The use of health monitors and fitness trackers have exploded in recent years -- but expect the next frontier in wearable technologies to be in the workplace. The implications for worker safety and productivity are promising. While Google first introduced its revolutionary Glass to consumers, the current marketing direction is aimed at custom work applications.
One example of this is Patrick Jackson, a firefighter in North Carolina's Rocky Mountain fire department: This Firefighter Built His Own Google Glass App And It's Saving Lives.
Jackson is also a member of the Google Glass Explorer program and has developed an app that displays incoming emergency dispatches, shows maps of where incidents are, nearest fire hydrants, and even building plans. You can see a brief demo of Glass at work in the short clip, below. In addition, "Jackson is also working on a CPR assist app for Glass, measuring the speed of compressions, and whether you need to speed up or slow down based on sensors that detect head movement. He's teaming with a Michigan startup called team (evermed) during his days off from the department, where he spends 10 days per month working grueling 24-hour shifts."
The article also suggest another work safety application in DriveSafe, a Google Glass app that uses infrared sensors to detect when you doze off and to issue alarms to wake you and direct you to the next rest area.
PC World takes a look at other potential workplace applications for smartglasses , noting that, "The future of smartglasses will be realized by a factory worker operating a 3000-pound stamp press, not a gamer stomping on virtual-reality bad guys. Face computers will be all about scanning bar codes on cardboard boxes, not scanning tourist attractions for augmented reality overlays." They present a variety of work scenarios, from hands free scanning and troubleshooting to safety applications.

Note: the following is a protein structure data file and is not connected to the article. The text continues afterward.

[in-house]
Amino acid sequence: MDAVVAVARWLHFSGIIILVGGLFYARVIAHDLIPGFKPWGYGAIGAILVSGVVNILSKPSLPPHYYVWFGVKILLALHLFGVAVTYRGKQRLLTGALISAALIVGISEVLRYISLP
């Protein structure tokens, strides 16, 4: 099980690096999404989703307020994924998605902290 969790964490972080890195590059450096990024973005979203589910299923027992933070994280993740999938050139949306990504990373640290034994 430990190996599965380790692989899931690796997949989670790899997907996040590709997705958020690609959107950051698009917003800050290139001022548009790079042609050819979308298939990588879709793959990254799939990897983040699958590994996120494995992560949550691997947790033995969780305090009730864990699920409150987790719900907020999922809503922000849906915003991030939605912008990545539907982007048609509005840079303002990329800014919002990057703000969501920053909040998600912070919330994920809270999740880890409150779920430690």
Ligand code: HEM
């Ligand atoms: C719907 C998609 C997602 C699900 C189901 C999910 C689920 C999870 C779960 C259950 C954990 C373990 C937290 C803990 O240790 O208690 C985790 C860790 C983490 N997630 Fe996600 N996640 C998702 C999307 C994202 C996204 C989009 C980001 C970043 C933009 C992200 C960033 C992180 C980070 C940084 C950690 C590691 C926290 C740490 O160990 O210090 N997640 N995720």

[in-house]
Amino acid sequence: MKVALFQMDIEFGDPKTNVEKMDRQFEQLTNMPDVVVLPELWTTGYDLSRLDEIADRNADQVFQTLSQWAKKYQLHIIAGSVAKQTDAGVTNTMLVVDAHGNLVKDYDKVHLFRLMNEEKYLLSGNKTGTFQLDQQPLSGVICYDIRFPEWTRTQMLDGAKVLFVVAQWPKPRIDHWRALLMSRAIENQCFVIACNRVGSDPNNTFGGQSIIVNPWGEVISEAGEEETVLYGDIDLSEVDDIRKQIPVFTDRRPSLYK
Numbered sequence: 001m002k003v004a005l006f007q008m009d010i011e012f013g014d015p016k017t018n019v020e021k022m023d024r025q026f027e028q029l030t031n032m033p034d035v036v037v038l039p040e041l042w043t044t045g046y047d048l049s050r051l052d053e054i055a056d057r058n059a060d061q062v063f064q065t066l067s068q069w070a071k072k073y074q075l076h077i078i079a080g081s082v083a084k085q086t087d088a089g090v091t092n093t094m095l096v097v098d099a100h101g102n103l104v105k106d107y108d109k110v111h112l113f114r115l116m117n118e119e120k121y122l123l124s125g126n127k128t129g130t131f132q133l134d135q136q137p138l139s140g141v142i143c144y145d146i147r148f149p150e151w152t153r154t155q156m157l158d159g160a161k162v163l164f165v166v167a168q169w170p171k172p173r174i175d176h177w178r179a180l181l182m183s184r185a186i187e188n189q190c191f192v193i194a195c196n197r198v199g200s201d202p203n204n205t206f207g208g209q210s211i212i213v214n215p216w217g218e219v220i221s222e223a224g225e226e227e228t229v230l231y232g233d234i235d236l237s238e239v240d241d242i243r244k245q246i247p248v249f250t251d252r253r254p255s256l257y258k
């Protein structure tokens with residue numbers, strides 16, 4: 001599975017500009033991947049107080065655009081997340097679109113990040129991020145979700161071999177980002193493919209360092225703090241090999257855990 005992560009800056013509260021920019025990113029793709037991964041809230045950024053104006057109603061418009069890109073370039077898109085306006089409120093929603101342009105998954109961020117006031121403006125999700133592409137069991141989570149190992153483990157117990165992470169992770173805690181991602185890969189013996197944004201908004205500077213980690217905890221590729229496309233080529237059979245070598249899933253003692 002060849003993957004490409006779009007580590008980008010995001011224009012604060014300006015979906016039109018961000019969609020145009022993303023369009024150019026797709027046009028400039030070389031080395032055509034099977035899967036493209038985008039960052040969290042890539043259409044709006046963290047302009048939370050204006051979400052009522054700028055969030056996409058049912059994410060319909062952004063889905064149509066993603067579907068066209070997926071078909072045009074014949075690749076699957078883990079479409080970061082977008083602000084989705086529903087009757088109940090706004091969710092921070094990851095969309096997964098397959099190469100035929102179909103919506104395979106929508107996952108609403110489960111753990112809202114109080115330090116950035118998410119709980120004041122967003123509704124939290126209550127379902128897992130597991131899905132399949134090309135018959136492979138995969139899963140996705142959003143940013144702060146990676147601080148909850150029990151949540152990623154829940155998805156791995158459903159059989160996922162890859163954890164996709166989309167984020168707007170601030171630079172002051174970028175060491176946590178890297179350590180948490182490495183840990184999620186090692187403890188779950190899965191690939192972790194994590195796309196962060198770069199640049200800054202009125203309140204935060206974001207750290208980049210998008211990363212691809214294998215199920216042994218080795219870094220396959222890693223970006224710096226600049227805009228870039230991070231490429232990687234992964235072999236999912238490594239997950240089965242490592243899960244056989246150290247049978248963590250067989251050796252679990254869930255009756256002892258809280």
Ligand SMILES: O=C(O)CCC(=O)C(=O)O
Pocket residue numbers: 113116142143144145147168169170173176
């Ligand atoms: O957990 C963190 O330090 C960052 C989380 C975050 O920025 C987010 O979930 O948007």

FierceCIO explores the topic further in Making wearables a good fit for workplace safety. They discuss potential safety applications and suggest that gaining optimal value from wearable devices will require IT departments to innovate with software applications, data management and administrative protocols and policies.
We're really just at the threshold of wearables in the workplace. To see more of the opportunities, this excellent Deloitte University Press primer by Shehryar Khan and Evangeline Marzec on Wearables is helpful in exploring the potential of everything from productivity, training and worker safety:
"Wearables' value comes from introducing technology into previously prohibitive environments--where safety, logistics, or even etiquette have constrained traditional technology solutions. Wearables can be the first seamless way to enable workers with digital information--especially where hands-free utility offers a clear advantage. For example, using wearables, workers in harsh environmental conditions can access data without removing gloves or create records without having to commit data to memory and then moving to a sheltered workstation."
Wearables are not without their HR and IT challenges. Susan Kuchinskas explores some of these issues in Forbes: How To Prepare Your Business For Wearable Technology. Also see:The Wearable Technology Revolution: Is your workplace prepared?